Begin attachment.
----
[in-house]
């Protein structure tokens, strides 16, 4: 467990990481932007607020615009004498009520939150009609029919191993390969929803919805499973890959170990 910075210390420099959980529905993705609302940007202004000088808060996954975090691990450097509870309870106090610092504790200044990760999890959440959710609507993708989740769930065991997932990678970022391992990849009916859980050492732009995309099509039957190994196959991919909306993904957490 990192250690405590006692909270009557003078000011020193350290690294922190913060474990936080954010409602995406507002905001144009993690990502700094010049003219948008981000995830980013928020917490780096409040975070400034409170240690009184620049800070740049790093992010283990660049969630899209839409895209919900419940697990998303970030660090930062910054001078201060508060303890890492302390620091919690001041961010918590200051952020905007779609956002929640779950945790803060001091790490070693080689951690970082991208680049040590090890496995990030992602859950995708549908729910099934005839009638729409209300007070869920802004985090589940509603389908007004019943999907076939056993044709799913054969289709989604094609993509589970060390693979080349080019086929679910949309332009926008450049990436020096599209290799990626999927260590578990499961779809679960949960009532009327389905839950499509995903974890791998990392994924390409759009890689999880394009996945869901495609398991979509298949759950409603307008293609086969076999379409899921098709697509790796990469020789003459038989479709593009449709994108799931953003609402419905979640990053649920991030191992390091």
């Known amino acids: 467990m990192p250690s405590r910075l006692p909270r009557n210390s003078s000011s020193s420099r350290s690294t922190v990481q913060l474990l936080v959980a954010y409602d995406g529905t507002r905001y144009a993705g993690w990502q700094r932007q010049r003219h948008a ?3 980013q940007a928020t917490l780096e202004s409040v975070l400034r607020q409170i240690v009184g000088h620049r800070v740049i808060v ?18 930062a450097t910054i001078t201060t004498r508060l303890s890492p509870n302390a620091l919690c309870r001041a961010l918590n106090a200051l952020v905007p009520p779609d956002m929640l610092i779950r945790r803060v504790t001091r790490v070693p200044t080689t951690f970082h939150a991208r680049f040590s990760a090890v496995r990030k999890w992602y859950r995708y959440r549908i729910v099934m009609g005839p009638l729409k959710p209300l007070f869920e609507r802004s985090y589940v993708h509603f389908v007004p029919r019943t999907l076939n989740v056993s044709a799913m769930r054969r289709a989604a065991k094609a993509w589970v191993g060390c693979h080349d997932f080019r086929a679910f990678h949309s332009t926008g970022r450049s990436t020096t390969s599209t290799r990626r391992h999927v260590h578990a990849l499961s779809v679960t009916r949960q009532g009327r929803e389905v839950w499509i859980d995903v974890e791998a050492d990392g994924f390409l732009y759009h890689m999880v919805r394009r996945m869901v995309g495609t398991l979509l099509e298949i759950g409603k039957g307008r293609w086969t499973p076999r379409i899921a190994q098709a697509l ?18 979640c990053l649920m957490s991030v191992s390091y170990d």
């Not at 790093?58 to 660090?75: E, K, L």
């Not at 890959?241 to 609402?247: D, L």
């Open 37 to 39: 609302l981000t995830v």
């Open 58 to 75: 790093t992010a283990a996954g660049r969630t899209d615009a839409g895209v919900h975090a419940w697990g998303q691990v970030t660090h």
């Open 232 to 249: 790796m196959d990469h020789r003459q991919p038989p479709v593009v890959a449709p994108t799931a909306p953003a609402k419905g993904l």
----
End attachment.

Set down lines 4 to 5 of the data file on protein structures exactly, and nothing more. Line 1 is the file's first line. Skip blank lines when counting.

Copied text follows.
């Not at 790093?58 to 660090?75: E, K, L």
């Not at 890959?241 to 609402?247: D, L």